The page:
Militarized interstate dispute
Militarized interstate disputes (MIDs) are conflicts between states that do not involve a full-scale war. A conflict is described as an MID if it causes fewer than 1000 deaths, and some military force is used. This can be as little as a military display of force with no deaths. Under this definition, over 2000 MIDs have been identified since 1816 in the Correlates of War project.
For example, although the 2003 invasion of Iraq by the United States-led coalition would be considered a full-scale war, the bombings and disputes related to American, British, and (until 1996) French control of the Iraqi no-fly zone in the 1990s are described by Frank Wayman as an "MID".
Some of the findings from research on MIDs:
- Research using a continuous measure of democracy shows that the most democratic nations have few MIDs with one another. There is an ongoing debate regarding whether it is the most authoritarian or the intermediate regimes that have the most MIDs.
- When examining these MIDs in more detail, the inter-liberal[clarification needed] disputes have on the average more hostility, but are less likely to involve third parties, hostility is less likely to be reciprocated, when reciprocated the response is usually proportional to the provocation, and the disputes are less likely to cause any loss of life.
- Enduring militarized competition between democratic states is rare. After both states have become democratic, there is a decreasing probability for MIDs within a year and this decreases almost to zero within five years.
- Democracies do sometimes attack nondemocracies. Many earlier papers found that democracies in general are as warlike as nondemocracies, but according to several recent papers democracies are overall slightly less involved in war, initiate wars and MIDs less frequently than nondemocracies, and tend more frequently to seek negotiated resolutions.
- A recent theory is that democracies can be divided into "pacifist" and "militant". While both avoid attacking other democracies, "militant" democracies have a tendency to distrust and use confrontational policies against dictatorships. Most MIDs by democracies since 1950 have involved only four nations: the United States, the United Kingdom, Israel, and India.
- Sarkess, Meredith. "The COW Typology of War: Defining and Categorizing Wars (Version 4 of the Data)" (PDF).
- Daniel M. Jones, Stuart A. Bremer and J. David Singer. 1996. "Militarized Interstate Disputes, 1816-1992: Rationale, Coding Rules, and Empirical Patterns." Conflict Management and Peace Science 15(2): 163-213.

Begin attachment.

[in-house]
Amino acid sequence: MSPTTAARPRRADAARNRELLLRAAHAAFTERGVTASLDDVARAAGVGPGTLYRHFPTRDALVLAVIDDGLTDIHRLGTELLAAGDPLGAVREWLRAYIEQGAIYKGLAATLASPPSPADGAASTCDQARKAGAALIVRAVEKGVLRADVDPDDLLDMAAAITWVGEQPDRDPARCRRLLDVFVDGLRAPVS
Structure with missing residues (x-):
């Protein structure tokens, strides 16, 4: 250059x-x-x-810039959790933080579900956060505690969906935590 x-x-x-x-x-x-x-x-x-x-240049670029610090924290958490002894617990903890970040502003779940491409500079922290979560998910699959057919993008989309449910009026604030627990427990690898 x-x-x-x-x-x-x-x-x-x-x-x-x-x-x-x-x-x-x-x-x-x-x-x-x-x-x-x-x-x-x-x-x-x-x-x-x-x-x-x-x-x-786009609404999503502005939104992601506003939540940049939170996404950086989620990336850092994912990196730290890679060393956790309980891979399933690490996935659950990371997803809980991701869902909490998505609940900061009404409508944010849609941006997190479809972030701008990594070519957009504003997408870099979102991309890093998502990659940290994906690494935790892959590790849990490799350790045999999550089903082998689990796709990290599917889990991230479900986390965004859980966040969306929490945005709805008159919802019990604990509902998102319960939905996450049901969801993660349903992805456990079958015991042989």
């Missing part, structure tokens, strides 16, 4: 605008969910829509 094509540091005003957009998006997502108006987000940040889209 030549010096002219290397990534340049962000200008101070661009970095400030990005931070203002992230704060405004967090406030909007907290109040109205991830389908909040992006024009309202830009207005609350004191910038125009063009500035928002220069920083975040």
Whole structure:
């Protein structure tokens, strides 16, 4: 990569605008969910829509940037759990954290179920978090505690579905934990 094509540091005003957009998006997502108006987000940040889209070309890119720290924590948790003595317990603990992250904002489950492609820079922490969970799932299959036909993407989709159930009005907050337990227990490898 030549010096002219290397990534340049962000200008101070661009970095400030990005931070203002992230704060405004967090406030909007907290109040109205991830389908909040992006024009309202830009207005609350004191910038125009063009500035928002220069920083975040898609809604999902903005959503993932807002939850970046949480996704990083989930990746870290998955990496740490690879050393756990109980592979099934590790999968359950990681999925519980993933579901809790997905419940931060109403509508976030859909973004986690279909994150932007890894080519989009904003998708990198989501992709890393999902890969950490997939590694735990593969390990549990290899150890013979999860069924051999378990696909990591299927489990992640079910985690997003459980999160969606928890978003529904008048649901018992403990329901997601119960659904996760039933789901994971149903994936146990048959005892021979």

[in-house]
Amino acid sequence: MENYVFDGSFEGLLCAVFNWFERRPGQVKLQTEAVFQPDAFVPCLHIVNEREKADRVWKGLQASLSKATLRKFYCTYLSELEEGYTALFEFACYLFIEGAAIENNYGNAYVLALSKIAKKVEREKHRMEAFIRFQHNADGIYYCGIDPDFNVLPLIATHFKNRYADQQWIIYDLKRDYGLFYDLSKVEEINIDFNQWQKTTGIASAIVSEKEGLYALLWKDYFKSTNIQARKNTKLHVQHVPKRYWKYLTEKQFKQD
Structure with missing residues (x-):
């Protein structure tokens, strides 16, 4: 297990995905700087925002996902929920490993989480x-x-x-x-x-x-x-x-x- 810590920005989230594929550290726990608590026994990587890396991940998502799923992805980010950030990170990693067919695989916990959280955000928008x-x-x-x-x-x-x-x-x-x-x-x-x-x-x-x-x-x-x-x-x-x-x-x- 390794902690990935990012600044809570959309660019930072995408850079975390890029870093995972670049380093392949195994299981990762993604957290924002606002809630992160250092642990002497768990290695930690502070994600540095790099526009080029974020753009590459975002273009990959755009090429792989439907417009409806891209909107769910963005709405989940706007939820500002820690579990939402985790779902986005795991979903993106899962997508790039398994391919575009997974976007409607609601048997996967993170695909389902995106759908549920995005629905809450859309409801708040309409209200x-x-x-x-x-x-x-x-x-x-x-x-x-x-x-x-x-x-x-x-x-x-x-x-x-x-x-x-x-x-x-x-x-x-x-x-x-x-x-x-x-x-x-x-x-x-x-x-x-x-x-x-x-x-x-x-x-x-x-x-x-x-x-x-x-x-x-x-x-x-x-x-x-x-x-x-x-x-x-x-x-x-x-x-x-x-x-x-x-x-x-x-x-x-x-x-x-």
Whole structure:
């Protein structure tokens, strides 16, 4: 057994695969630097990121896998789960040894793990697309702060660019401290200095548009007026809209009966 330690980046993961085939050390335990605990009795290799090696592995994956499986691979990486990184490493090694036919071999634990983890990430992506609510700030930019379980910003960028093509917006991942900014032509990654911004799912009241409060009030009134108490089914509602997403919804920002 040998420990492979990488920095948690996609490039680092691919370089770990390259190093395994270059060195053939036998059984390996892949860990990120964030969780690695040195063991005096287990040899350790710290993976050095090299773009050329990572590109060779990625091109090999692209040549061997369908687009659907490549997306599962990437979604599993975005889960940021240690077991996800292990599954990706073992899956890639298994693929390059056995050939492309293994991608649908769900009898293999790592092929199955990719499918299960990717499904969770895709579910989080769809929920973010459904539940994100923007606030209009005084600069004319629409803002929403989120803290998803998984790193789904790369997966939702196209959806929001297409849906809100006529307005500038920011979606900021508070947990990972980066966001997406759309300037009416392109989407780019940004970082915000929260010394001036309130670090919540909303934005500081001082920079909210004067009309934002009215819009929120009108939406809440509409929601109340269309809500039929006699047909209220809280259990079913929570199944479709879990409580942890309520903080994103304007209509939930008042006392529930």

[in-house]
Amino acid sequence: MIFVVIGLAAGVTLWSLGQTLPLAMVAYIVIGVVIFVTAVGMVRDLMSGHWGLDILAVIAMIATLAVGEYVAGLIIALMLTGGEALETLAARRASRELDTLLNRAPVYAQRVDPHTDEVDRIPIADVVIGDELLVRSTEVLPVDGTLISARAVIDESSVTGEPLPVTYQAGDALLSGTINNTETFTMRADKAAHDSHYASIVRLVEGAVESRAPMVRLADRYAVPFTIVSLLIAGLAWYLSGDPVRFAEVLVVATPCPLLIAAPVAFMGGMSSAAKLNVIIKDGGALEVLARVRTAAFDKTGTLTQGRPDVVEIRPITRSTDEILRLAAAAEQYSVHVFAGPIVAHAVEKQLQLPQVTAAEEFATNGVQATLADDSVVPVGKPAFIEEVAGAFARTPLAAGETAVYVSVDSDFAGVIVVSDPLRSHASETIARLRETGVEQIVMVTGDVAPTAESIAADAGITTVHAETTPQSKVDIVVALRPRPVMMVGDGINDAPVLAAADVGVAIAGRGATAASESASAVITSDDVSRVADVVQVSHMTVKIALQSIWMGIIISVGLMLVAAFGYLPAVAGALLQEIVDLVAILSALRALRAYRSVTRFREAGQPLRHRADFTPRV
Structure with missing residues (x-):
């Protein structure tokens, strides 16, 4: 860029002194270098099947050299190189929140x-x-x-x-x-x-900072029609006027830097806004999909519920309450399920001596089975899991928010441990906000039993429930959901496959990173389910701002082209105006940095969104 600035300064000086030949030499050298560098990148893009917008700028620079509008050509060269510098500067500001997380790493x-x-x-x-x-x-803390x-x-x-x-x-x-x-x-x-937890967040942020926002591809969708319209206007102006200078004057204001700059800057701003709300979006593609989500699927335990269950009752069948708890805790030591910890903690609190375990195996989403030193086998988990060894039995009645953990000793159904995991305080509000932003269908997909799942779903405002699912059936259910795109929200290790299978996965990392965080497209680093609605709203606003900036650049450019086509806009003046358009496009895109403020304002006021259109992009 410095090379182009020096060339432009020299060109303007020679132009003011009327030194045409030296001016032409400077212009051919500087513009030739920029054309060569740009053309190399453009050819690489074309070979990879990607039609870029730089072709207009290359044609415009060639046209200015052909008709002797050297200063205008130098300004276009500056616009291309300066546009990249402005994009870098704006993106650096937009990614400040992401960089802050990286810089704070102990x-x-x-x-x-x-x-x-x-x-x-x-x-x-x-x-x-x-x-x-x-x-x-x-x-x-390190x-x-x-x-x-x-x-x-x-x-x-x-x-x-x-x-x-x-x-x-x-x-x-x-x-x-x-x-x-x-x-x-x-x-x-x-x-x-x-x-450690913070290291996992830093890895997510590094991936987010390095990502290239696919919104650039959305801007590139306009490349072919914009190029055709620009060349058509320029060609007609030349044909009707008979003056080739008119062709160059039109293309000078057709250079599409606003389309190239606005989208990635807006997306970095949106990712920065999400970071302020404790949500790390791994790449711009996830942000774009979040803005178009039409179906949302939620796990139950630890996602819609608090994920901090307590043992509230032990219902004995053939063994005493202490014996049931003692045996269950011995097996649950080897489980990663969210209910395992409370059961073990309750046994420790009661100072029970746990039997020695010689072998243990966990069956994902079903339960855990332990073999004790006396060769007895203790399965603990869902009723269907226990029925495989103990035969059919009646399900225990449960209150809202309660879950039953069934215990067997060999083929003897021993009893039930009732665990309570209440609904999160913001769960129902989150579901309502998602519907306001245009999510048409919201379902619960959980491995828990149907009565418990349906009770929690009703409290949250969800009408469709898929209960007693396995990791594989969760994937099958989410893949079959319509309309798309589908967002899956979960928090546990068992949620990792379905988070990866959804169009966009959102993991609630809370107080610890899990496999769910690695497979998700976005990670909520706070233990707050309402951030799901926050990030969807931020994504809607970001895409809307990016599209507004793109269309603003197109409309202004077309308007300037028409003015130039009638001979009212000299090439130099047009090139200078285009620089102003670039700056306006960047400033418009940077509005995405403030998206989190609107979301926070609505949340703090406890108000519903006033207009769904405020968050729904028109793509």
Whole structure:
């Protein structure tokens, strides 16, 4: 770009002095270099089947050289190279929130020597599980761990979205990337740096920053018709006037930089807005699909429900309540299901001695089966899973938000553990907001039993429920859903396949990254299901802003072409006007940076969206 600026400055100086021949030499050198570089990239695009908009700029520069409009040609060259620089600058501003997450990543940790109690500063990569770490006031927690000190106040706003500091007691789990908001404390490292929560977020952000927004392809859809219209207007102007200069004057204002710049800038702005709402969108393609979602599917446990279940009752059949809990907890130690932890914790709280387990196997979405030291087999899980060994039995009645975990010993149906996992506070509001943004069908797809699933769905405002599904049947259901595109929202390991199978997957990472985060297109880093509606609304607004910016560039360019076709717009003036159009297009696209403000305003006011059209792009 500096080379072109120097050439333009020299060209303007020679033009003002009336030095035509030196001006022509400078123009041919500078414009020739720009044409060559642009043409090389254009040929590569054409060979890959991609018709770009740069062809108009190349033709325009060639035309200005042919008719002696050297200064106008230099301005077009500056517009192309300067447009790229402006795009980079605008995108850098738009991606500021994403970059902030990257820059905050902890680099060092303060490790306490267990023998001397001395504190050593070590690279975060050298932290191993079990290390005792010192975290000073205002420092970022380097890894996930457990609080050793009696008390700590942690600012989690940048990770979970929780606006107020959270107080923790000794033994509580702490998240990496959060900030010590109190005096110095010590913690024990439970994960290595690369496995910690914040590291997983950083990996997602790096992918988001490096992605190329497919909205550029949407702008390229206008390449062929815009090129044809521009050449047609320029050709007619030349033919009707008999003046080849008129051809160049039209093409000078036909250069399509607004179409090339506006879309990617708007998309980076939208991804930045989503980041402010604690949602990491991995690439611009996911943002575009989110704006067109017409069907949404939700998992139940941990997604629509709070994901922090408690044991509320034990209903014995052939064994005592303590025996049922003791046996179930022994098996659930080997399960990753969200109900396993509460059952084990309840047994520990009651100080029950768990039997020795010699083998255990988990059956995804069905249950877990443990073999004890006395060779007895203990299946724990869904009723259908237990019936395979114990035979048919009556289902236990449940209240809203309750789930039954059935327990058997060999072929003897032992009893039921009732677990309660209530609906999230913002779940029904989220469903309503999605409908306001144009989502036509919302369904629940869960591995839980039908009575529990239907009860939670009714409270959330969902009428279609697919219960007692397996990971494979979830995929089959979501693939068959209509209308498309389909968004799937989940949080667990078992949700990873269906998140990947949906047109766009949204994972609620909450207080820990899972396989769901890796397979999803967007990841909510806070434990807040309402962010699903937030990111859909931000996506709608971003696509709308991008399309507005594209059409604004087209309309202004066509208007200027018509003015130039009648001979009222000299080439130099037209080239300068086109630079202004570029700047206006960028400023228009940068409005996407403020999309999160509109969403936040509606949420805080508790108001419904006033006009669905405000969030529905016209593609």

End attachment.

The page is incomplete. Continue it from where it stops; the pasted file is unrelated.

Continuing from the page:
- ^ Wayman, Frank (2002). "Incidence of Militarized Disputes Between Liberal States, 1816-1992". Paper presented at the annual meeting of the International Studies Association, New Orleans, La., Mar. 23-27, 2002.[dead link]
- Oneal, John R., and Bruce Russet (2004). "Rule of Three, Let it Be? When More Really Is Better" (PDF). Revised version of paper presented at the annual meeting of the Peace Science Society. Beck, Nathaniel, Gary King, and Langche Zend (2004). "Theory and Evidence in International Conflict: A Response to de Marchi, Gelpi, and Grynaviski" (PDF). American Political Science Review 98 (2): 379–389. doi:10.1017/s0003055404001212.
- Wayman, Frank (2002). "Incidence of Militarized Disputes Between Liberal States, 1816-1992". Paper presented at the annual meeting of the International Studies Association, New Orleans, La., Mar. 23-27, 2002.
- Hensel, Paul R., Gary Goertz, and Paul F. Diehl (2000). "The Democratice Peace and Rivalries" (PDF). Journal of Politics 64: 1173–88.
- Müller, Harald, and Jonas Wolff (2004a). "Dyadic Democratic Peace Strikes Back" (PDF). Paper prepared for presentation at the 5th Pan-European International Relations Conference The Hague, September 9–11, 2004.
- Müller, Harald (2004b). "The Antimony of Democratic Peace". International Politics 41 (4): 494–520. doi:10.1057/palgrave.ip.8800089. Müller, Harald, and Jonas Wolff (2004a). "Dyadic Democratic Peace Strikes Back" (PDF). Paper prepared for presentation at the 5th Pan-European International Relations Conference The Hague, September 9–11, 2004.
|This article about politics is a stub. You can help Wikipedia by expanding it.|
|This article on military history is a stub. You can help Wikipedia by expanding it.|